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Nigeria, in the past few years has experienced some worsening of child mortality . The infant mortality rate evaluated at 100 per 1000 in 2003 was measured at 87 in 1990. This can be in part explained by the persisting low numbers of births occurring in health facilities and the low number of births attended by trained healthcare service providers. In 2003, two third of the births in Nigeria still occurred at home. In addition only slightly more than one-third of births in are attended by doctors, nurses, or midwives. In 2000 the maternal mortality ratio in Nigeria was 800 per 100 000 live births.

It is apparent through the elevated mortality rates that the lack of access to or use of quality delivery services is an issue of immense importance in Nigeria. Problems such as obtaining money for treatment, distance to health facility and having to take transport are some of the many difficulties stated by women in describing difficulty with accessing healthcare.

Two laughing mothers with their babies

The aforementioned lack of trained health care attended births in Nigeria is compounded by the fact that only six in ten mothers receive antenatal care from a trained medical professional. Nurses and midwives are the most frequently used source of healthcare. Good antenatal care can prevent the major causes of neonatal mortality in Nigeria—neonatal tetanus, malaria, and maternal anemia. However, as of 2003 only 58 percent of pregnant women received iron supplements and only 39 received drugs to prevent malaria.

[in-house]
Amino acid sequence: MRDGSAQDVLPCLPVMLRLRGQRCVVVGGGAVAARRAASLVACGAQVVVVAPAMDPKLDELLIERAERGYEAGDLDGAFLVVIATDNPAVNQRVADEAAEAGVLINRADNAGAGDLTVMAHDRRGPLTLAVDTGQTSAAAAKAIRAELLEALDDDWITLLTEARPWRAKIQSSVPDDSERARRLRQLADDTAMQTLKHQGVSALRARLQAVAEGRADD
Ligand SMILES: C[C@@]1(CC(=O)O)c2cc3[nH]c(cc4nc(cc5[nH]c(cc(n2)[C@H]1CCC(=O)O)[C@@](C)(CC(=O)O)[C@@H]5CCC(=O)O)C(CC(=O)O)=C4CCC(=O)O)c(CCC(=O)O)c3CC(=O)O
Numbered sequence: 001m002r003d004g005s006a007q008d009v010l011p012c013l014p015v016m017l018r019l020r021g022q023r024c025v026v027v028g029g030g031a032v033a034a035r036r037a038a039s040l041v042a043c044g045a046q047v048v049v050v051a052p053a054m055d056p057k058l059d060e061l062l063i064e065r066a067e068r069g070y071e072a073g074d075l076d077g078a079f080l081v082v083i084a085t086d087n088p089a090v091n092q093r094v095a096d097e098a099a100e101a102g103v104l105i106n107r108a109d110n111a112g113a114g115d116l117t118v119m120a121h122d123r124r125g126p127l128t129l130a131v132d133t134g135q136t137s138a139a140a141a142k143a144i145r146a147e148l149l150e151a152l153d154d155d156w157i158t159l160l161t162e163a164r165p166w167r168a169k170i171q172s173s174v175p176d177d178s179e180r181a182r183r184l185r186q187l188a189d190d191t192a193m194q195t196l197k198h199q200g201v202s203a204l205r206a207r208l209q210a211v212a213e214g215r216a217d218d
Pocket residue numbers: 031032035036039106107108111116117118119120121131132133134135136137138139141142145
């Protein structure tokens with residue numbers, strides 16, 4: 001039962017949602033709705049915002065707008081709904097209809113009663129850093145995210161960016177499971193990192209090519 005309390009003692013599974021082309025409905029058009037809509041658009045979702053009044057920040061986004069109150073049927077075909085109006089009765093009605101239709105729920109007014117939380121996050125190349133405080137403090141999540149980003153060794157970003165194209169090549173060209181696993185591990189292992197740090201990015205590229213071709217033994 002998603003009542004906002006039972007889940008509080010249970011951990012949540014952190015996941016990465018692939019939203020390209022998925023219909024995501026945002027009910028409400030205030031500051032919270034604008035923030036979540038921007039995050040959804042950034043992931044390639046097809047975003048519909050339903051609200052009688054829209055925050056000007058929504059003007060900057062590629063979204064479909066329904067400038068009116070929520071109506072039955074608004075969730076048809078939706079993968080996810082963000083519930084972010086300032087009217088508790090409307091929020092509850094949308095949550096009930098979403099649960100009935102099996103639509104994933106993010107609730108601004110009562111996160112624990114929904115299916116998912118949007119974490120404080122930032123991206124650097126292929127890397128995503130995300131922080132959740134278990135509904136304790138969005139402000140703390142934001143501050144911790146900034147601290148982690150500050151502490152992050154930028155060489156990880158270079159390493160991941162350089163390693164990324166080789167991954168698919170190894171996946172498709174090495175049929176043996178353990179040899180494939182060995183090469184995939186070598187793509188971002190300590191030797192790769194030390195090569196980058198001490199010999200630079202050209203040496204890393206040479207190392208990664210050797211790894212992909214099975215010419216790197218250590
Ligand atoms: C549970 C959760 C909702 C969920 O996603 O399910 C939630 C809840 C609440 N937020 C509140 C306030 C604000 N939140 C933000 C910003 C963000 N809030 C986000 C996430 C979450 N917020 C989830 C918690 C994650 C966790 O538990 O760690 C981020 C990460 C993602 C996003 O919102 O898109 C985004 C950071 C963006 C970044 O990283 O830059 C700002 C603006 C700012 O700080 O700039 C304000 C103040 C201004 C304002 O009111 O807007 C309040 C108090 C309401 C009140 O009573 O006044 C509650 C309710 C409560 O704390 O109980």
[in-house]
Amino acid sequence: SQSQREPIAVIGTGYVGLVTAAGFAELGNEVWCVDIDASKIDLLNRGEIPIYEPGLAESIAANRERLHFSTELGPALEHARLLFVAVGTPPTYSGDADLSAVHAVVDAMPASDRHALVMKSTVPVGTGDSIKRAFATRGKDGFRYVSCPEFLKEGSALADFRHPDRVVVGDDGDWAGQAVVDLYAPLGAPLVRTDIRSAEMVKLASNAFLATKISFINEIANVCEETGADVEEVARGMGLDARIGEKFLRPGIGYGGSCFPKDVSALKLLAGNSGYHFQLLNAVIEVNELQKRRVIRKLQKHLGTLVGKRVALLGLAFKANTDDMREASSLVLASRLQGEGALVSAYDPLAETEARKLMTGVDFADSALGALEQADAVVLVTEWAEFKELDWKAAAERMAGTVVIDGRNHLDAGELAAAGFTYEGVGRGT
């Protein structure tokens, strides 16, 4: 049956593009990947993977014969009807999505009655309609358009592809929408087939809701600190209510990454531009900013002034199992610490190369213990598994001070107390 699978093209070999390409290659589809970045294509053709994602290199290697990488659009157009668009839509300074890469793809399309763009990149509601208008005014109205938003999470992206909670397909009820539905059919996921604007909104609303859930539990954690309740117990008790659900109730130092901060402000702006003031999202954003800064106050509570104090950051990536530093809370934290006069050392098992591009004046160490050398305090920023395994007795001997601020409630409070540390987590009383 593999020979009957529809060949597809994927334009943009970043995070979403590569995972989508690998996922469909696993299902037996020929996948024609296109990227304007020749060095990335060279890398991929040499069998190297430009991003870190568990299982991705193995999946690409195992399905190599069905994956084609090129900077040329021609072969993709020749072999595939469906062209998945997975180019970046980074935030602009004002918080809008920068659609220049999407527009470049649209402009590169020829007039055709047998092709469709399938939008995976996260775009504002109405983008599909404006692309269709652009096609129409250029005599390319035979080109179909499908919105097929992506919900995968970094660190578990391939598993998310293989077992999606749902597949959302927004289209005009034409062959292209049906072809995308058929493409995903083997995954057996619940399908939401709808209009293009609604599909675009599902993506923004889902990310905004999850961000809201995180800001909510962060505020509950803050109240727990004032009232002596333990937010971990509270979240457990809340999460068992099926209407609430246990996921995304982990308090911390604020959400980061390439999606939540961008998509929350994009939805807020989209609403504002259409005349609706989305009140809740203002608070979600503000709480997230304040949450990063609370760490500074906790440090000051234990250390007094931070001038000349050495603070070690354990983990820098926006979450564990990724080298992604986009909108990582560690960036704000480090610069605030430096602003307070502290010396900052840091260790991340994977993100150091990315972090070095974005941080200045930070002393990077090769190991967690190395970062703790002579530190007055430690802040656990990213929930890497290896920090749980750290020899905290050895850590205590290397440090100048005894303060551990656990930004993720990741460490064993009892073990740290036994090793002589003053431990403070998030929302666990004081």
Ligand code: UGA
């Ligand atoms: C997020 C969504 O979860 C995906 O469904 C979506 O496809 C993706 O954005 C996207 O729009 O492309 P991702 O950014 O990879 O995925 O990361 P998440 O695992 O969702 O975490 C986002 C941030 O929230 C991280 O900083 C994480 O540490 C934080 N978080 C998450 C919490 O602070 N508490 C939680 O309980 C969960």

The consequences of the poor state of pregnant women in Nigeria are numerous and affect maternal as well as child mortality. The under five mortality ratio in Nigeria is 201 per 1000 live births meaning that one in five Nigerian children never reach the age of 5. Infant deaths, which account for half of child mortality have increased from what they were in 1990. With a 13% immunization rate for children between 12-23 months, Nigeria is the African country with the lowest vaccination rate. Substantial presence of Acute Respiratory Infections and diarrhoea also contribute to the elevated mortality rates for children.

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